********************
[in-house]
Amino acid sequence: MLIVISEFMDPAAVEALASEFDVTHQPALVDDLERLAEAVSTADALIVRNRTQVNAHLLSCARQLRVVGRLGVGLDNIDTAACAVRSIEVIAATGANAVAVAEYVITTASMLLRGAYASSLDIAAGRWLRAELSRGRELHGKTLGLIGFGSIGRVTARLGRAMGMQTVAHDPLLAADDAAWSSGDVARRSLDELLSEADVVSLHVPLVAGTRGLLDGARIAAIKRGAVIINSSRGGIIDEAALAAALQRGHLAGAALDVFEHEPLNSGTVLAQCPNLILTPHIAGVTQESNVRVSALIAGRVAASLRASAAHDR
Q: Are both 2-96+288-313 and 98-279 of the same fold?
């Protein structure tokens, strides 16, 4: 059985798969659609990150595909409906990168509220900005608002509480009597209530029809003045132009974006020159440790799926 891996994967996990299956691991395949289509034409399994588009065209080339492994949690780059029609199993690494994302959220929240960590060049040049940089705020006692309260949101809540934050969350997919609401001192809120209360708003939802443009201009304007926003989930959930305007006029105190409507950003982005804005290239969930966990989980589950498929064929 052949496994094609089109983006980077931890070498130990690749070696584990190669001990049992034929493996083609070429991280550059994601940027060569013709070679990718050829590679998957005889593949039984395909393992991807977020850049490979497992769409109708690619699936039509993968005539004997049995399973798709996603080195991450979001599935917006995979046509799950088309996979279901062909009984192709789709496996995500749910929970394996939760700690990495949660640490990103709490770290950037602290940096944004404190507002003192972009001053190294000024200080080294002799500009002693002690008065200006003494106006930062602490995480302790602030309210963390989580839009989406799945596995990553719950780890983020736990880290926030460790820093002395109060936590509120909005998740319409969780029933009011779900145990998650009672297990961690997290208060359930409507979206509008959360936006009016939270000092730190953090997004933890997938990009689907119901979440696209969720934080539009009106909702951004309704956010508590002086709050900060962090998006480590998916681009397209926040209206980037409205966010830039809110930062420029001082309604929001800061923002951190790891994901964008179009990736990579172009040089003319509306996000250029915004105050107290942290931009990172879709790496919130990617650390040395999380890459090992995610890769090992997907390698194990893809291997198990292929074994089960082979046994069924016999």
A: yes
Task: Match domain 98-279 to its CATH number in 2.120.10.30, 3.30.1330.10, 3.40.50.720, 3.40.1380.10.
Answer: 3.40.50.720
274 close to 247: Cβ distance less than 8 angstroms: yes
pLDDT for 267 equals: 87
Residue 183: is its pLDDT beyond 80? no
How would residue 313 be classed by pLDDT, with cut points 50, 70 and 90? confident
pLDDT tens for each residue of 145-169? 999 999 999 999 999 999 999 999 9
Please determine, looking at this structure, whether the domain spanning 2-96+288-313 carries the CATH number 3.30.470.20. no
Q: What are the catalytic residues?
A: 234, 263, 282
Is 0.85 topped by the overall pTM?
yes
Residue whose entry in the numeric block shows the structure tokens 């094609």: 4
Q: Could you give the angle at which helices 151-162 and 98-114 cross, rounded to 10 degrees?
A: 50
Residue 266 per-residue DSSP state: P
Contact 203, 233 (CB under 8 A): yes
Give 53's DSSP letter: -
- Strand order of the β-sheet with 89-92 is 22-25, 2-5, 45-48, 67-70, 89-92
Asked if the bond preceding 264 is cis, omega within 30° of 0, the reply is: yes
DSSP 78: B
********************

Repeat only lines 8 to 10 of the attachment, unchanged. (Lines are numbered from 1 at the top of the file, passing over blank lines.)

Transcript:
274 close to 247: Cβ distance less than 8 angstroms: yes
pLDDT for 267 equals: 87
Residue 183: is its pLDDT beyond 80? no